The Cold Reality of Lake Effect Snow and Removing Natural Gas as a Utility

Jan 3, 2023 | Shannon Blog

By: Frank Kovacs, CEO, Shannon Global Energy Solutions, Inc.

Battling Lake Effect Snow is One Matter, Removing Natural Gas as a Utility could be More Deadly

A good friend of mine from the south, forwarded to me an article entitled “The Cold Reality of Buffalo”, which discussed the geographic challenges of Buffalo, New York, Western New York. With Lake Erie to the West and Lake Ontario to the North, Buffalo and surrounding communities are blessed with amazing summer weather, lots of open water and then we are cursed with “Lake Effect” snow squalls that sometimes plague the region with heavy snowfall in the winter. The heavy snowfall is sometimes measured in feet, not inches. This makes for a great ski condition, but to live in it, drive in it and manage those crazy snow moments, it can be very challenging. On a serious note, sometimes life threatening.

The article centered on a recent snowstorm, that crippled the region, from Friday, December 23rd to Sunday, December 25th, with record snowfall, record cold temperatures and, record wind chill. The result of the perfect storm was a death toll eclipsing 40 and rising. In addition, the frigid cold resulted in power outages and extreme demand for utilities, to fuel home heating, cooking, hot water, and backup generator use. Not being prepared for this event, not having the supplies and or support, resulted in death. Talking about it is one thing, reading about it is another, but experiencing the event, well, for some people, its life changing.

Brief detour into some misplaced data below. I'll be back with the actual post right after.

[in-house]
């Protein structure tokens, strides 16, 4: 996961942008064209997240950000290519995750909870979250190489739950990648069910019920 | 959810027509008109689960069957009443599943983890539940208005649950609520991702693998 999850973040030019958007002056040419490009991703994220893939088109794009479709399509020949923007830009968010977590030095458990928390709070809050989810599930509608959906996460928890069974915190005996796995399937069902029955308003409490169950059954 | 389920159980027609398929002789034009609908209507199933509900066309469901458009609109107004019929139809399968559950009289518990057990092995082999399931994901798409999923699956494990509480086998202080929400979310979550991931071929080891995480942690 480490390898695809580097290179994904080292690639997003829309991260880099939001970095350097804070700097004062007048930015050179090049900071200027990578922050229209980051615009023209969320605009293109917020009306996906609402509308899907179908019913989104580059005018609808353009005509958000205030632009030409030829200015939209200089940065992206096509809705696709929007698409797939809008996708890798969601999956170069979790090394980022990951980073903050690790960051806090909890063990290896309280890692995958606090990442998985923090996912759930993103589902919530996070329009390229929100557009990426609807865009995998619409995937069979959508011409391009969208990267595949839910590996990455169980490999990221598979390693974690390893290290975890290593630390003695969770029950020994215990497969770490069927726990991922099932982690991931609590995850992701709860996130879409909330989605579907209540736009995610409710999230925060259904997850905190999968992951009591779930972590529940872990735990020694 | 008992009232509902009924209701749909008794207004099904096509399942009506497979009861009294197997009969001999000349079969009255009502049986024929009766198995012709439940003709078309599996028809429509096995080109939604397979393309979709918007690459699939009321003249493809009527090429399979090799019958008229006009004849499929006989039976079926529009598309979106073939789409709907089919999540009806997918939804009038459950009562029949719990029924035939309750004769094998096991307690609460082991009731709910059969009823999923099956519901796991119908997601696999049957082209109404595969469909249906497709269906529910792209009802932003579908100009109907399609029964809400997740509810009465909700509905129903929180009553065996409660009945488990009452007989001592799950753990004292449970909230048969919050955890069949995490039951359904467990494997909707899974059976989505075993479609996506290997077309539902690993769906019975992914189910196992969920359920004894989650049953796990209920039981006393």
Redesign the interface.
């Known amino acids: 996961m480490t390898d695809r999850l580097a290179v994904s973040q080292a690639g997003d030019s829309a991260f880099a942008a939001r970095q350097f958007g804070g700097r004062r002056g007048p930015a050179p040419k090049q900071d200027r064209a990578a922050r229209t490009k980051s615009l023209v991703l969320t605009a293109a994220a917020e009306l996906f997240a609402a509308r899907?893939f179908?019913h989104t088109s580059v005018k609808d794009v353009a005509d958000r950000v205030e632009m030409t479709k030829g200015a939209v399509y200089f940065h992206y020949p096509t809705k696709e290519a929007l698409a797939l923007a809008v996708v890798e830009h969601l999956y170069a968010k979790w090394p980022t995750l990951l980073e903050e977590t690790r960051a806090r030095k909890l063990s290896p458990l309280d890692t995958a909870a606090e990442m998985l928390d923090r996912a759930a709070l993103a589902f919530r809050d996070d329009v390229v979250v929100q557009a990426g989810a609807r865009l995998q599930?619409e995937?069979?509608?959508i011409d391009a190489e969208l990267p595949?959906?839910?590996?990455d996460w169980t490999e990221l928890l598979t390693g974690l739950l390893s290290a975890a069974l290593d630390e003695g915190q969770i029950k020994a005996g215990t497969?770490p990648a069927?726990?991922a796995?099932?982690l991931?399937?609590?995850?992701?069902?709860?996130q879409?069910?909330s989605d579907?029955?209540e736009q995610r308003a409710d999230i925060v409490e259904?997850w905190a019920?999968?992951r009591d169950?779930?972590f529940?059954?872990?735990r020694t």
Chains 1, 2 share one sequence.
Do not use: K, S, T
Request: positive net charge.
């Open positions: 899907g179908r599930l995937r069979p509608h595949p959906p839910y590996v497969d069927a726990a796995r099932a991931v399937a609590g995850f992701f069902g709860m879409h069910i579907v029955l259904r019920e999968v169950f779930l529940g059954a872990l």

Natural gas was a big part of the solution, to heat our homes and buildings, cook, produce hot water and to fuel the backup generator sets, when the electrical power failed. Natural gas was the true dependable utility. As an example, just down the street, 5-6 miles, the power outage lasted for 2 days, with temps in the single digits, wind chill temps in the minuses, houses were compromised with frozen pipes and extreme indoor cold. Homeowners, business owners and renters will be soon receiving record high utility bills because of the cold spell, many utility bills will influence a lifestyle change of either paying the bill or eating.

The article “The Cold Reality of Buffalo” is a viewpoint centered on realizing and accepting the value of natural gas as a reliable, dependable utility, a bitter cold fact that needs more attention. People depend on natural gas because the electrical grid is unreliable and getter more and more unreliable as electrical demand increases. New Yorkers should demand, affordable energy and they should demand accountability from law makers to drive responsible policy.